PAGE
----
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April 13, 2022
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Industry insights

The Stream — April 2022 edition

The April 2022 edition of The Stream: covering this month in stream processing on the internet.

The Stream April 2022 banner.

In-person events are back!

We hosted two events in Berlin with more than 20 CTOs and 60 members of the data community in March. We learned about the business necessity of real-time analytics, how companies provide superior customer experiences by using real-time data, and how to build a Python service that tracks, transforms, delivers, and predicts heart rate in real time.

People attending an event wearing masks.

Questions about the modern data stack and how to assemble IoT devices kept us talking late into both nights. It was wonderful to have in-person conversations and hear about what streaming data applications are in the works.

Stream processing is new and complicated technology. We’re honored to support a community of people trying to figure it out together. The more perspectives, experiences, and insights about tools, architecture and science, we can get into the conversation, the better.

We’ll continue our meetups in April and May so you can connect with members of The Stream at events in London, Berlin, Munich, and Prague. And no need to worry if you’re not in any of those places — we’re still meeting up online. Join us weekly for open coding sessions (you can find information in the Slack community) and other digital events.

Visit the community page to find other streaming enthusiasts, events and content, and for all of the details on meetups and events.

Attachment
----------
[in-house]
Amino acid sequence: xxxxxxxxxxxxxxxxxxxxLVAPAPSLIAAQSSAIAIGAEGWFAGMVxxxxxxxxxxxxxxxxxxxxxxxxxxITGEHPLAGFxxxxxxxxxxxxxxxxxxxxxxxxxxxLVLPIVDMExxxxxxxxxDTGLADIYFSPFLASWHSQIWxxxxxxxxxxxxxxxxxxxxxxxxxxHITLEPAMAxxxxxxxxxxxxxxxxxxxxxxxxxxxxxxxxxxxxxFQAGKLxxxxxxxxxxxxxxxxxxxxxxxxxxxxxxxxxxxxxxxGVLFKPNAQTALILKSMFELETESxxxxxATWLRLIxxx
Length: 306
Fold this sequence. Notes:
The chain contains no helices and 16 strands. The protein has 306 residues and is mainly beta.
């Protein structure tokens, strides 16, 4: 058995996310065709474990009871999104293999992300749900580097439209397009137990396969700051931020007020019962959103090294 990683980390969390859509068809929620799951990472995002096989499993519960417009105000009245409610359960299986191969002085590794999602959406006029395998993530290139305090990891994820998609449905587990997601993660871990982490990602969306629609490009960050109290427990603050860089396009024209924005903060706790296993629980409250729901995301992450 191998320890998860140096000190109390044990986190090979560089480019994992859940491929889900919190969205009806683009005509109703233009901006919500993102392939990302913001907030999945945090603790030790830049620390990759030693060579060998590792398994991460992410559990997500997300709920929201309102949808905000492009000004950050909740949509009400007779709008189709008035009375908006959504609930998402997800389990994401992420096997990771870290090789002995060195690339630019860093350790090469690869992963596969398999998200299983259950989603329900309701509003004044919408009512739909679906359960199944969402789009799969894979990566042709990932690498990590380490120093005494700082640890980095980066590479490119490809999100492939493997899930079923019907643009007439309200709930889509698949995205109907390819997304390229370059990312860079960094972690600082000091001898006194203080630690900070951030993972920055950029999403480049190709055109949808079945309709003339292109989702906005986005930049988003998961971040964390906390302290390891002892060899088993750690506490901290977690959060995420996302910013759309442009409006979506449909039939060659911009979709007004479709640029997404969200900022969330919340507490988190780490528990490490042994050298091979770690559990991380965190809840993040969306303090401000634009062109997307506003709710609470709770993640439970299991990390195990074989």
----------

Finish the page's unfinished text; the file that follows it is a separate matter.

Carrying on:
Kafka Summit 2022 banner.

Find other streaming enthusiasts at the Kafka Summit

This year’s Kafka Summit, focusing on event streaming and microservices, is April 25–26 in London. We’ll be there talking about the possibilities and benefits of stream processing. Say hello at the Quix booth to learn where the afterparty is happening. 😉

Real time digital twin towers.

What differentiates real-time digital twins? And why are they interesting for streaming data?

Data scientists typically use digital twins to create virtual representations of physical objects, but they can also track the dynamic state of IoT devices, factory equipment and other devices that generate telemetry.

Discover more →

Multiple blue lines.

Near real-time features for near real-time personalization

See Linkedin’s solution for almost real-time data architecture that offers member recommendations.

Learn more →

Multiple lines forming a web.

Building real-time data systems the hard way

Learn from the experience of others: why Kafka should be at the core of everyone’s real-time streaming architecture.

Explore →

More insights

  • The conversations are getting more and more interesting in The Stream — join the action!
  • Quix squashed all the bugs over the past few weeks. Take a look at our changelog to learn more.
  • This month on the Quix blog: Dark data, design and the data maturity model.

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